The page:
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Alternative to gravity fed shower

Discussion in 'Plumbing and Central Heating' started by ssb1973, 30 Mar 2019.

  1. ssb1973

    ssb1973

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    Hi. We currently have a mains fed water tank in the loft, a vaillant thermocompact system boiler in the downstairs utility room, and a copper immersion tank on the upstairs airing cupboard. The boiler heats the hot water and stores in the copper boiler until required. The boiler also heats the central heating rads.

    We have on a few occasions had issues where the shower mixer lever has to be turned all the way to hot to get any heat out of the shower. It's a Trevi shower, and I've been told by previous plumbers it could be the cartridges that need replacing.

    Previously the mixer lever could be in the middle of hot and cold for a warm shower, but recently needs to be turned almost all the way to hot to get a comfortable temperature.

    I'm thinking of changing the shower, would an electric shower be a suitable replacement for the heating system I have now? Assuming I would need a new cabling?

    Ideally I want a shower which has more power, and works well with a good pressure. Thanks in advance for your help.
     
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  3. dilalio

    dilalio

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    Aqualisa quartz digital.

    Pumped shower and all the gubbins are in the processing unit which is not buried in the wall. If you want to go cheap and not pump it then just get a bar mixer.
     
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  4. ssb1973

    ssb1973

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    Thanks. The digital one is quite dear at around 500. Is the bar mixer electric, and would it need a new power line? I presume it would provide a higher pressure.
     
  5. dilalio

    dilalio

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    As I said above ^^^

    Dont keep referring to an electric shower. That's a completely different product using mains cold water and heating it as it passes through.

    If you want a POWERFUL shower from a gravity supply, you will need a pump, alterations to the pipework and space near your cylinder for the pump. You will also need a shower valve... a bar mixer is better than another "concealed" type valve as it's not in the wall and can be easily replaced in its entirety, in the future, when the thermostatic part fails, rather than you having to fork out hundreds for a replacement cartridge for a concealed valve.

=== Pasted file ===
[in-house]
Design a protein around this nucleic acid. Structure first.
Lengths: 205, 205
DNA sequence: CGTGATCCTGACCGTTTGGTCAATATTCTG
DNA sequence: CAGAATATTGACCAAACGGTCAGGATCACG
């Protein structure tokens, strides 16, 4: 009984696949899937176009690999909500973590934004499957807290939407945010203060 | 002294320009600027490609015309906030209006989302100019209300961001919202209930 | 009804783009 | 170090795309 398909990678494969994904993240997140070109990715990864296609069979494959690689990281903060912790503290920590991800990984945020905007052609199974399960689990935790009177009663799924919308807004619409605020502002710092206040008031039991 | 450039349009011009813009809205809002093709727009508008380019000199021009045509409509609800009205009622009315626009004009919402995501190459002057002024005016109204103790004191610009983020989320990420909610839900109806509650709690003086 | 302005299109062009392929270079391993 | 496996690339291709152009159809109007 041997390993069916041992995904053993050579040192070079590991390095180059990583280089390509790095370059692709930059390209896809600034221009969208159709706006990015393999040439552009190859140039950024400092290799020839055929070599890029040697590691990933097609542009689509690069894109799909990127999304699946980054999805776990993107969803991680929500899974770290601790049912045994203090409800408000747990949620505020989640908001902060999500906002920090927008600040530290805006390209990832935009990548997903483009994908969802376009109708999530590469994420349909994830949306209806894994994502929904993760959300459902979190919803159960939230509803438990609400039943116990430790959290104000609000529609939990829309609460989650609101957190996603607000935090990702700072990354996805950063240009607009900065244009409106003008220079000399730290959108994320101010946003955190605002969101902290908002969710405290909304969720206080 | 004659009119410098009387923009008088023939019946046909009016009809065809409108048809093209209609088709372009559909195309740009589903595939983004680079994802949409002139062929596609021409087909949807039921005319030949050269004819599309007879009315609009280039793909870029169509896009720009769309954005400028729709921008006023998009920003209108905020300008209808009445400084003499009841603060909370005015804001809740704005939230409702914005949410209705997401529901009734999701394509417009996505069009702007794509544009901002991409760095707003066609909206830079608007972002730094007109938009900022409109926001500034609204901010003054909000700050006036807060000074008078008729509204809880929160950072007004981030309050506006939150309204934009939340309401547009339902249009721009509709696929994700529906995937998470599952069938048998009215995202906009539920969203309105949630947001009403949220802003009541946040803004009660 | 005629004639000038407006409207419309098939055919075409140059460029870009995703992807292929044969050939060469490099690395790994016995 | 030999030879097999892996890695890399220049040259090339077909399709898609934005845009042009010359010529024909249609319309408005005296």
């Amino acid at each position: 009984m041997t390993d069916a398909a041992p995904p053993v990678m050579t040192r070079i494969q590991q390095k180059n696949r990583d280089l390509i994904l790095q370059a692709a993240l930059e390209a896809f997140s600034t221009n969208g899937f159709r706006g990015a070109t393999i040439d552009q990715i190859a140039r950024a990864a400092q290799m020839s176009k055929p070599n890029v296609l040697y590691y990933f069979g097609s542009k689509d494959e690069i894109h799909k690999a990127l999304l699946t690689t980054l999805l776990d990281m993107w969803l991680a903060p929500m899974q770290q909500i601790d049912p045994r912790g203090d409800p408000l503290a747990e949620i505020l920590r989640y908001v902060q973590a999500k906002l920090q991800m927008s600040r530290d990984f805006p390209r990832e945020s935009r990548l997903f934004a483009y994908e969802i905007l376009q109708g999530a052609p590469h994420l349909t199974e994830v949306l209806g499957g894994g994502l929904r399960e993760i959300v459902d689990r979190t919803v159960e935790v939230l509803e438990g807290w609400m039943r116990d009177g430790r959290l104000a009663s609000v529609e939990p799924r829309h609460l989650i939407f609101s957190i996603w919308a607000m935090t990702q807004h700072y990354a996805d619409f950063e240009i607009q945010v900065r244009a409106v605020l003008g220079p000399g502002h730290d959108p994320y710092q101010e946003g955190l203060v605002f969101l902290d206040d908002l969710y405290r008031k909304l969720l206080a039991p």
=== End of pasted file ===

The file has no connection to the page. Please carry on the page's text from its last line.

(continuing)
Add the cost of a pump and valve together and you're around the same price as the quartz digital which comes with everything included and is a good product and you can have an additional controller for it, outside of the shower cubicle... Even in your bedroom if you wish... So you can get into the shower when it's up to your desired temperature.
     
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  6. HERTS P&D

    HERTS P&D

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    Change the cartridge.

    Andy
     
  7. ssb1973

    ssb1973

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    Thanks, I will go for the bar mixer.
     
  8. Madrab

    Madrab

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    Whatever you do you will have to change the pipework to suit.

    1. A new bar shower will be similar in delivery - pressure and Flow - to the one you have just now
    2. An electric shower will require heavy cable run, and switch and new heavy duty power supply run from the fusebox and the cold water supply modified to run to the back of the shower unit. Usually rubbish pressure and flow unless you get a high powered one and even then it's not very good.
    3. A power shower, looks like an electric shower but uses the current hot and cold water supply who's pipework is modified to supply the unit. It has an inbuilt pump that boosts the water output, it will also need a standard sized power supply - A good halfway house will usually more than enough pressure and flow.